Prime Minister Rajiv Gandhi signaled a less confrontational turn in India's often prickly relations with its smaller and weaker neighbors today as he and Sri Lankan President Junius R. Jayewardene flew together to Bangladesh to express sympathy to cyclone victims there.
In an area where form is often considered as important as substance, the idea of two national leaders flying off to express solidarity with the head of a neighboring country was described as "an unprecedented diplomatic event" by the Times of India.
Indian officials and diplomats from South Asian nations agreed that Gandhi's act set a new tone for relations with neighboring nations, who often see New Delhi as the bully on the block.
Relations with neighboring countries, Foreign Secretary Romesh Bhandari acknowledged in a speech here Friday, are not as good as India wants.
Gandhi and Jayewardene interrupted talks here on a search for ways to settle the insurgency in Sri Lanka by Tamil extremists. In Dhaka, they met Bangladesh President Hussein Mohammed Ershad and toured devastated lowlands of that country, where as many as 6,000 persons died in a cyclone eight days ago.
Jayewardene has accused India of supporting the Sri Lankan insurgency by allowing Tamil separatists to run training camps on Indian territory. India denies that charge and insists that Sri Lanka's Sinhalese majority has to give more local autonomy to minority Tamils, who have settled largely in northern and eastern provinces just across the narrow Palk Strait from India's Tamil Nadu State.
The issue is a ticklish one for Gandhi's government, because the Sri Lankan Tamils -- predominantly Hindu, as are most Indians -- have drawn great sympathy from Indian Tamils in Tamil Nadu. Most Sinhalese are Buddhist.
Violence in Sri Lanka during the past two years, moreover, has forced about 100,000 Sri Lankan Tamils to seek refuge in India.
The influx of refugees raised concern that India might give military aid to the Tamil separatists in much the same way it helped Bengali Moslems split off East Pakistan to form Bangladesh in 1971.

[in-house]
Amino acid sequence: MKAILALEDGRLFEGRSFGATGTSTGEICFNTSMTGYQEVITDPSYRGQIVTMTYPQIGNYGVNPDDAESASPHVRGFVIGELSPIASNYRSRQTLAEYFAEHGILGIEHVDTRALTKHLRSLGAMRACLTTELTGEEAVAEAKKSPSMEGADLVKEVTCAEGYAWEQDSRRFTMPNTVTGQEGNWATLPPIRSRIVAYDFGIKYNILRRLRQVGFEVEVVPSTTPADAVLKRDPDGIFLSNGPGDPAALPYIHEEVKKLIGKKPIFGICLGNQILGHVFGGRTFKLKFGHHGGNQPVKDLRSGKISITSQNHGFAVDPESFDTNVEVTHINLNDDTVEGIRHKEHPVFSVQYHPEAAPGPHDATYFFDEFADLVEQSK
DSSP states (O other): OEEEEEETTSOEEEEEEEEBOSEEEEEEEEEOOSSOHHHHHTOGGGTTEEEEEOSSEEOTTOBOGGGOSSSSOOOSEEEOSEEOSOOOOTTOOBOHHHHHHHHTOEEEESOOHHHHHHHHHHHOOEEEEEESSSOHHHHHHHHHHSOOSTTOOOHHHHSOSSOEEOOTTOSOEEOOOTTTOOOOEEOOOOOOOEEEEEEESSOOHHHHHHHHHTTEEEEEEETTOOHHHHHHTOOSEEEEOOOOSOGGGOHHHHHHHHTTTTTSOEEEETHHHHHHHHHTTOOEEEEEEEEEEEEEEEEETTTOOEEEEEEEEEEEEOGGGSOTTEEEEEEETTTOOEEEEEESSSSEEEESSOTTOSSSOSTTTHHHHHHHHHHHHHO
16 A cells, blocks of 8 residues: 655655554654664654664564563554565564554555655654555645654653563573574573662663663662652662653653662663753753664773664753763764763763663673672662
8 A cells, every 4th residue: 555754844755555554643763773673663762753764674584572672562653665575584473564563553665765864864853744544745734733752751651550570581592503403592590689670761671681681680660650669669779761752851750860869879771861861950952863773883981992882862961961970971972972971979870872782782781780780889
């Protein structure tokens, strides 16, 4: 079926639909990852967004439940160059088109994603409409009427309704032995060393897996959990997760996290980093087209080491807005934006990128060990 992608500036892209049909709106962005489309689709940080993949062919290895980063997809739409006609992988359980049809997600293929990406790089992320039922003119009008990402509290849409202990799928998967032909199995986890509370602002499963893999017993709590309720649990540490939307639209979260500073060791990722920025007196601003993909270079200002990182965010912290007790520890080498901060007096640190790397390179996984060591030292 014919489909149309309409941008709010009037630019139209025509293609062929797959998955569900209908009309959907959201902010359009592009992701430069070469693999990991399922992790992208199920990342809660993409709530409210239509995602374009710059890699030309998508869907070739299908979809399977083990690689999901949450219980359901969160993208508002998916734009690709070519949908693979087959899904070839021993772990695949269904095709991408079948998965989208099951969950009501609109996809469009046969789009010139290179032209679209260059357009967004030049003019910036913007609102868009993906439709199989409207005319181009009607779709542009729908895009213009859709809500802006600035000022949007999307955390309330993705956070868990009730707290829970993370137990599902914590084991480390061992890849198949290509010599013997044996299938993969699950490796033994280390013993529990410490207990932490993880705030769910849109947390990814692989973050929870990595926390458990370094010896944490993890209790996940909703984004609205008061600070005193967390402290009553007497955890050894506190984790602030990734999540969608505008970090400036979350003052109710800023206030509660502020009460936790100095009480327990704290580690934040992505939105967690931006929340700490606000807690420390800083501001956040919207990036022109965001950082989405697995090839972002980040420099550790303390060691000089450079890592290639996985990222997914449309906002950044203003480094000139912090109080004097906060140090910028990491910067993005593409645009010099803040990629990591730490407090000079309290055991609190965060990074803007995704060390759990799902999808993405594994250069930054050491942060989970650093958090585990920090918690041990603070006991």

But these concerns have been eased as India appears to be trying to fashion a solution that will end the insurgency and allow the refugees to return to their homes in Sri Lanka.
Leaders of the Tamil United Liberation Front have met with Indian officials to press the point that they and the Tamil militants should be included in talks with the Jayewardene government.
According to United News of India, the Tamil front's demands include withdrawal of Sri Lanka's Army and commando forces from Tamil areas, lifting of restrictions on movements in the largely Tamil areas of the country and the restoration of civil administration there.
The seriousness of the problem was underscored by reports in today's papers that Tamil separatists had killed at least 50 persons Friday in raids on Sinhalese villages in Sri Lanka.
In many ways, however, the symbolism of Gandhi taking Jayewardene with him to Dhaka overshadowed their talks on Sri Lanka's Tamil problem.
The joint trip provided the first clear sign that Gandhi was going to take a less confrontational attitude toward India's neighbors than did his mother, Indira Gandhi, who was assassinated last October.